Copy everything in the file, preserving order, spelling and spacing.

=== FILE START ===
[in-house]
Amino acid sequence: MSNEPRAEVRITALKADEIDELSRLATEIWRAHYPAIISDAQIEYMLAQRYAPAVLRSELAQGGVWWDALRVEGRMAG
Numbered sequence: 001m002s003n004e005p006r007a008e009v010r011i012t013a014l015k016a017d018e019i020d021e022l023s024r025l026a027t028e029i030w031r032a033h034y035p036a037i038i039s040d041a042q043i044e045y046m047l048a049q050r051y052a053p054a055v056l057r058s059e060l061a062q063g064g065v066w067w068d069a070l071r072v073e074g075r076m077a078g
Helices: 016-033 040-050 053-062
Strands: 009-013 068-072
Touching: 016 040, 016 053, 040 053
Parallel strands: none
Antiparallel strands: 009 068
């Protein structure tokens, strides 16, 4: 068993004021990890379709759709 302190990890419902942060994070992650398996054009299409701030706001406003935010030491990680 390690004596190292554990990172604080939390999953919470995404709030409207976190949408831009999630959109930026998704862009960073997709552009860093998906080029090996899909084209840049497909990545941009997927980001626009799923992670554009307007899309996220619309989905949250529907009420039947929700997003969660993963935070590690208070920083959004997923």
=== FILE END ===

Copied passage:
[in-house]
Amino acid sequence: MSNEPRAEVRITALKADEIDELSRLATEIWRAHYPAIISDAQIEYMLAQRYAPAVLRSELAQGGVWWDALRVEGRMAG
Numbered sequence: 001m002s003n004e005p006r007a008e009v010r011i012t013a014l015k016a017d018e019i020d021e022l023s024r025l026a027t028e029i030w031r032a033h034y035p036a037i038i039s040d041a042q043i044e045y046m047l048a049q050r051y052a053p054a055v056l057r058s059e060l061a062q063g064g065v066w067w068d069a070l071r072v073e074g075r076m077a078g
Helices: 016-033 040-050 053-062
Strands: 009-013 068-072
Touching: 016 040, 016 053, 040 053
Parallel strands: none
Antiparallel strands: 009 068
């Protein structure tokens, strides 16, 4: 068993004021990890379709759709 302190990890419902942060994070992650398996054009299409701030706001406003935010030491990680 390690004596190292554990990172604080939390999953919470995404709030409207976190949408831009999630959109930026998704862009960073997709552009860093998906080029090996899909084209840049497909990545941009997927980001626009799923992670554009307007899309996220619309989905949250529907009420039947929700997003969660993963935070590690208070920083959004997923």